NOTE: If you haven't yet, be sure to listen to Episode #19 to hear my interview with Tanya Crossman, as it makes an excellent companion to this discussion!
 
Get in touch with comments, suggestions or interview recommendations:
 
 
Check out all of the shows in the Migration Media network on the web: www.migrationmedia.net
 
Please take a moment to "Like" us and leave a review on Apple Podcasts, Podbean or wherever you get your podcasts... and subscribe!
#032: What Migration Hath Wrought: Moroccan-Rum-Sports Bars In Hutongs | Badr Benjelloun

#032: What Migration Hath Wrought: Moroccan-Rum-Sports Bars In Hutongs | Badr Benjelloun

April 30, 2019
I've often described Badr Benjelloun as the quintessential example of a "Renaissance Expat," and this was never more obvious than when he opened Cu Ju, Beijing's first (and only) Moroccan/Rum/Sports Bar in one of the city's 1,000 year-old hutongs (alleyways). It was seen by many as a living example of the unique cultural mash-up that can only happen when you bring together disparate peoples into a city full of migrants. His #MigrationStory, which includes a stint as the "Blogger of Record" tracking Beijing's dynamic music scene in the 2000s and 2010s, illustrates how migration enlivens and enriches a place, and how people who come from abroad bring new ideas, perspectives and cultural ephemera to a city, making it a more vibrant, enjoyable place to live.
 
If you're in Beijing, check out Badr's restaurant-bar-livehouse, Caravan:
 
 
Get in touch with comments, suggestions or interview recommendations:
 
 
Check out all of the shows in the Migration Media network on the web: www.migrationmedia.net
 
Please take a moment to "Like" us and leave a review on Apple Podcasts, Podbean or wherever you get your podcasts... and subscribe!
#031: When Does Migration Trump National Identity? | Margarita Lukavenko

#031: When Does Migration Trump National Identity? | Margarita Lukavenko

April 22, 2019
Born and raised on Russia's "Fish Tail" island of Sakhalin, Margarita Lukavenko got her first taste of foreign culture when she went to Malaysia as part of an exchange program at 16. Save for her final year of high school, she's been a migrant ever since- first as a student in far-off (and practically foreign) Moscow, and then as an educator and entrepreneur in China. As we discover in our conversation, this constant living outside of her place of origin has caused her to ask fundamental questions about her identity. It's something that happens to many of us, but we rarely talk about it in such an open manner. Leave it to a Russian to state bluntly what the rest of us only hint at.
 
  • Follow Margarita on Instagram to learn more about EduMatters & her work in the field of global education collaboration: @Margarita_GlobalLiving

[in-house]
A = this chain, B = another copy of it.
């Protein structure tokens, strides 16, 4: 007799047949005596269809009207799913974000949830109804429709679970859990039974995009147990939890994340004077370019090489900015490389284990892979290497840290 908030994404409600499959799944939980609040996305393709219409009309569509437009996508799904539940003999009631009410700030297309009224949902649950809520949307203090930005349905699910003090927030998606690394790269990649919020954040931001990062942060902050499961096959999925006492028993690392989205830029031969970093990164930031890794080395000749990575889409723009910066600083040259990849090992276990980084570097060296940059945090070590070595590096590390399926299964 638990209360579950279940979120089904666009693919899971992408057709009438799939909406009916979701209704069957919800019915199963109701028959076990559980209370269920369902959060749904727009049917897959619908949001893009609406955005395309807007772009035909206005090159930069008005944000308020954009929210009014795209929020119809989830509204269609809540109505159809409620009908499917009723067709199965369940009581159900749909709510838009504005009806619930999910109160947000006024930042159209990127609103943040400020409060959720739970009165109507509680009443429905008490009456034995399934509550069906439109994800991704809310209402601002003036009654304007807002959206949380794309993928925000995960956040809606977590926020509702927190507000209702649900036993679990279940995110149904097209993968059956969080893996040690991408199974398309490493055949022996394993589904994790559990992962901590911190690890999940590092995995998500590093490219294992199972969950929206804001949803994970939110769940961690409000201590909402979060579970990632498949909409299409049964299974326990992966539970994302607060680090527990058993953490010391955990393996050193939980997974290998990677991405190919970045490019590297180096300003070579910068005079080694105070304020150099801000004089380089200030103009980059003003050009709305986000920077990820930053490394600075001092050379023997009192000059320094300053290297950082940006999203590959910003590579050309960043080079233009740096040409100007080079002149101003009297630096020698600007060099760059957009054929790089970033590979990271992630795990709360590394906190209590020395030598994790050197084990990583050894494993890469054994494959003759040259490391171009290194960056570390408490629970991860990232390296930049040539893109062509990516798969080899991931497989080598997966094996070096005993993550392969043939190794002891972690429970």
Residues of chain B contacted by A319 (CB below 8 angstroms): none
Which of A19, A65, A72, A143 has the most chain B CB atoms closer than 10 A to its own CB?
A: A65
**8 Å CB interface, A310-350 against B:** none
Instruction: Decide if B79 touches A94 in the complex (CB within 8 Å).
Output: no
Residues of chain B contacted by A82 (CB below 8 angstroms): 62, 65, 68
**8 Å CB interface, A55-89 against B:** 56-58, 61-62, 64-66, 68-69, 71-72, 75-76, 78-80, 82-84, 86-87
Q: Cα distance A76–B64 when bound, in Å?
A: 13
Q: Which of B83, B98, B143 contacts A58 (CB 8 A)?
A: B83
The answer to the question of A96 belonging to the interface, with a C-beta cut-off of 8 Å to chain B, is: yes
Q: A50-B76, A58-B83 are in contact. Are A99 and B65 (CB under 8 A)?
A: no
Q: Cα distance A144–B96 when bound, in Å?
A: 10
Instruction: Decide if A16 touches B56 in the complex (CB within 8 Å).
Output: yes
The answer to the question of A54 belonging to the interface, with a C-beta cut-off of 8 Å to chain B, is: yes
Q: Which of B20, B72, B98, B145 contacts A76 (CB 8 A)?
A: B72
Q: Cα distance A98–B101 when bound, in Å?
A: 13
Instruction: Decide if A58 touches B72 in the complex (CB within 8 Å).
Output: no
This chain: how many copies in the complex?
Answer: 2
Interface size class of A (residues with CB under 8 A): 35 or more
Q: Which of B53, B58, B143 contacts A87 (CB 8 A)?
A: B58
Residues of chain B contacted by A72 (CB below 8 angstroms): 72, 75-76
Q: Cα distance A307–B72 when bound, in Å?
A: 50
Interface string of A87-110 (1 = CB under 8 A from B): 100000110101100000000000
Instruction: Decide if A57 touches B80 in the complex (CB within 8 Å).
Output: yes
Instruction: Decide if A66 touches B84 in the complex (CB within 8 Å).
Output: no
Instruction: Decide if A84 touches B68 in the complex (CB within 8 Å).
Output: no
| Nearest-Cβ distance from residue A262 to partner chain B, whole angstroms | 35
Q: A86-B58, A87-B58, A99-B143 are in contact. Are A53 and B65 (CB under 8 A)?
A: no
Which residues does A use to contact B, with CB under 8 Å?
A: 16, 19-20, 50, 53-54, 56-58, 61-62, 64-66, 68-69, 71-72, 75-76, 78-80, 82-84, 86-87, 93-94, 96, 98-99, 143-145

Get in touch with comments, suggestions or interview recommendations:
 
 
Check out all of the shows in the Migration Media network on the web: www.migrationmedia.net
 
Please take a moment to "Like" us and leave a review on Apple Podcasts, Podbean or wherever you get your podcasts.... and subscribe!
#030: A Grown-up TCK Raising TCKs & Searching for Community | Dr. Kate Bailey Gardner

#030: A Grown-up TCK Raising TCKs & Searching for Community | Dr. Kate Bailey Gardner

April 15, 2019

When I met Dr. Kate Bailey Gardner in Boston in the mid-1990s she felt, as she says, "Like a bit of a social outcast." The term "TCK" was still new and she was coming to terms with her identity as a kid raised overseas who had moved back to her passport country for college. She's been on a journey to find herself and what "Home" means for her ever since. It's a #MigrationStory that's taken her from Hong Kong & Singapore to Boston, then to Beijing, then back to Boston, then to West Hartford, CT, then, with her children in tow, to Shanghai, and, finally, back to Hong Kong again. Has she finally found her place? Could her place be right back where she started?

 

Listen to episode #021 to hear my interview with Kate's husband, Josh Gardner, and to get the flip-side of this family's migration story. Kate & Josh are an amazing couple and their parallel journeys of self-discovery, both at "home" and abroad, are a microcosm of what millions of other families are going through all around the world.

 

Get in touch with comments, suggestions or interview recommendations:
 
 
Check out all of the shows in the Migration Media network on the web: www.migrationmedia.net
 
Please take a moment to "Like" us and leave a review on Apple Podcasts, Podbean or wherever you get your podcasts... and subscribe!